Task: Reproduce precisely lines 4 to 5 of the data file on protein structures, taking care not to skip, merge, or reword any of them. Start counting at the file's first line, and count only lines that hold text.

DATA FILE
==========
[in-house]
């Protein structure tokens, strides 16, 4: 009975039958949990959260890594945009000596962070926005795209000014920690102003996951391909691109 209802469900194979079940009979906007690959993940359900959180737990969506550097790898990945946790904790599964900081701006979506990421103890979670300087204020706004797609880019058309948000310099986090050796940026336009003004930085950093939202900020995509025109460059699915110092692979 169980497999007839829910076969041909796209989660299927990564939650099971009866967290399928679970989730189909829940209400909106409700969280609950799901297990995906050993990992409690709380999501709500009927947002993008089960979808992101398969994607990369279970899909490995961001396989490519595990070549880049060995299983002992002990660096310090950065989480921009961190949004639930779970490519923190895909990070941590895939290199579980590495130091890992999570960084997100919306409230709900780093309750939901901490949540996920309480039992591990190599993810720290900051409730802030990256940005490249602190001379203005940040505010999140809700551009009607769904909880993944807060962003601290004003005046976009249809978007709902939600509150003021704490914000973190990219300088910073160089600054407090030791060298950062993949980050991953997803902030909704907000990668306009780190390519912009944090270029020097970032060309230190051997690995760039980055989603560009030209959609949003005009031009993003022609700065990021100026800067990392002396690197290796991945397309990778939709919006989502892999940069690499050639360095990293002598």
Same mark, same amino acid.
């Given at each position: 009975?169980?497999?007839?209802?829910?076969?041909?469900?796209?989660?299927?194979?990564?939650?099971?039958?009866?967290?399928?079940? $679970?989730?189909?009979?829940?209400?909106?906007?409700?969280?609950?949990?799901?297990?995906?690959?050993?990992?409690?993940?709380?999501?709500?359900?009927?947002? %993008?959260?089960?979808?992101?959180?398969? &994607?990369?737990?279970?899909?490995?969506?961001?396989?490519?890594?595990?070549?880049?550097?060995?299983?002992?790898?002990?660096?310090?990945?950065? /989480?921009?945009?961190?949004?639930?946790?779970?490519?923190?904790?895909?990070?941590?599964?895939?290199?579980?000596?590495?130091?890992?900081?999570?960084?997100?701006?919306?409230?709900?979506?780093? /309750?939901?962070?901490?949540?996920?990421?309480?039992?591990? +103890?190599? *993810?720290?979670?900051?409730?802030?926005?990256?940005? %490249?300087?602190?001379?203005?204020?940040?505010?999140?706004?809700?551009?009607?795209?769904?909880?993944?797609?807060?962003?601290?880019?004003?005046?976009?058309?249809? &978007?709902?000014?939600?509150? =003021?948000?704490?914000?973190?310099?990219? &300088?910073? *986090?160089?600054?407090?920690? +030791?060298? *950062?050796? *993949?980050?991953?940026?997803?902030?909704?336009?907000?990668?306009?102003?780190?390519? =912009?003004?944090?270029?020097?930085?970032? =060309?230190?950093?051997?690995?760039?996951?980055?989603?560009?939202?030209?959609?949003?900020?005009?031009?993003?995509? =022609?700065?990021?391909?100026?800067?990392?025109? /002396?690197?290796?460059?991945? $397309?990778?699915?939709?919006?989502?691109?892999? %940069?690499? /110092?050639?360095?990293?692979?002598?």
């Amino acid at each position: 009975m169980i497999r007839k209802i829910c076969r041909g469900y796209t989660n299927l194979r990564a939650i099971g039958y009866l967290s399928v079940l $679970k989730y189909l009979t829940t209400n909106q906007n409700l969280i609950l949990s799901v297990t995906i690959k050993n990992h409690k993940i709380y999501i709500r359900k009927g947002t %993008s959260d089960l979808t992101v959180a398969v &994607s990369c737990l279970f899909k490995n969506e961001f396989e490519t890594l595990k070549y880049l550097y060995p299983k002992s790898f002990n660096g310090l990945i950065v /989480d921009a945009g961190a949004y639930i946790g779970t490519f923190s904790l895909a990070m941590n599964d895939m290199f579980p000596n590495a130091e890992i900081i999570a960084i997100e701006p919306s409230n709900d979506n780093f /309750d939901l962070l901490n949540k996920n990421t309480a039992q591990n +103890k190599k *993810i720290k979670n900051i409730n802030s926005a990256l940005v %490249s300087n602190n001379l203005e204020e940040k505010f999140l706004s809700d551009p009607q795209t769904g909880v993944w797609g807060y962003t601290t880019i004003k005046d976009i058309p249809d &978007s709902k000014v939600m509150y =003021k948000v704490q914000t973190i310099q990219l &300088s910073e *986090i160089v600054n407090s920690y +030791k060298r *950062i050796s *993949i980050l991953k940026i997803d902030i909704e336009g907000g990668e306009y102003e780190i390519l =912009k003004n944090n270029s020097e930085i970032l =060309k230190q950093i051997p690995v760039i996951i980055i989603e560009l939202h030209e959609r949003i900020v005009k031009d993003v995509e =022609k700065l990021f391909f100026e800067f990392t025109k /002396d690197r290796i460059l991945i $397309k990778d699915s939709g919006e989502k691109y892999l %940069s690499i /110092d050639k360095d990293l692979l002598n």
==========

């Given at each position: 009975?169980?497999?007839?209802?829910?076969?041909?469900?796209?989660?299927?194979?990564?939650?099971?039958?009866?967290?399928?079940? $679970?989730?189909?009979?829940?209400?909106?906007?409700?969280?609950?949990?799901?297990?995906?690959?050993?990992?409690?993940?709380?999501?709500?359900?009927?947002? %993008?959260?089960?979808?992101?959180?398969? &994607?990369?737990?279970?899909?490995?969506?961001?396989?490519?890594?595990?070549?880049?550097?060995?299983?002992?790898?002990?660096?310090?990945?950065? /989480?921009?945009?961190?949004?639930?946790?779970?490519?923190?904790?895909?990070?941590?599964?895939?290199?579980?000596?590495?130091?890992?900081?999570?960084?997100?701006?919306?409230?709900?979506?780093? /309750?939901?962070?901490?949540?996920?990421?309480?039992?591990? +103890?190599? *993810?720290?979670?900051?409730?802030?926005?990256?940005? %490249?300087?602190?001379?203005?204020?940040?505010?999140?706004?809700?551009?009607?795209?769904?909880?993944?797609?807060?962003?601290?880019?004003?005046?976009?058309?249809? &978007?709902?000014?939600?509150? =003021?948000?704490?914000?973190?310099?990219? &300088?910073? *986090?160089?600054?407090?920690? +030791?060298? *950062?050796? *993949?980050?991953?940026?997803?902030?909704?336009?907000?990668?306009?102003?780190?390519? =912009?003004?944090?270029?020097?930085?970032? =060309?230190?950093?051997?690995?760039?996951?980055?989603?560009?939202?030209?959609?949003?900020?005009?031009?993003?995509? =022609?700065?990021?391909?100026?800067?990392?025109? /002396?690197?290796?460059?991945? $397309?990778?699915?939709?919006?989502?691109?892999? %940069?690499? /110092?050639?360095?990293?692979?002598?």
């Amino acid at each position: 009975m169980i497999r007839k209802i829910c076969r041909g469900y796209t989660n299927l194979r990564a939650i099971g039958y009866l967290s399928v079940l $679970k989730y189909l009979t829940t209400n909106q906007n409700l969280i609950l949990s799901v297990t995906i690959k050993n990992h409690k993940i709380y999501i709500r359900k009927g947002t %993008s959260d089960l979808t992101v959180a398969v &994607s990369c737990l279970f899909k490995n969506e961001f396989e490519t890594l595990k070549y880049l550097y060995p299983k002992s790898f002990n660096g310090l990945i950065v /989480d921009a945009g961190a949004y639930i946790g779970t490519f923190s904790l895909a990070m941590n599964d895939m290199f579980p000596n590495a130091e890992i900081i999570a960084i997100e701006p919306s409230n709900d979506n780093f /309750d939901l962070l901490n949540k996920n990421t309480a039992q591990n +103890k190599k *993810i720290k979670n900051i409730n802030s926005a990256l940005v %490249s300087n602190n001379l203005e204020e940040k505010f999140l706004s809700d551009p009607q795209t769904g909880v993944w797609g807060y962003t601290t880019i004003k005046d976009i058309p249809d &978007s709902k000014v939600m509150y =003021k948000v704490q914000t973190i310099q990219l &300088s910073e *986090i160089v600054n407090s920690y +030791k060298r *950062i050796s *993949i980050l991953k940026i997803d902030i909704e336009g907000g990668e306009y102003e780190i390519l =912009k003004n944090n270029s020097e930085i970032l =060309k230190q950093i051997p690995v760039i996951i980055i989603e560009l939202h030209e959609r949003i900020v005009k031009d993003v995509e =022609k700065l990021f391909f100026e800067f990392t025109k /002396d690197r290796i460059l991945i $397309k990778d699915s939709g919006e989502k691109y892999l %940069s690499i /110092d050639k360095d990293l692979l002598n």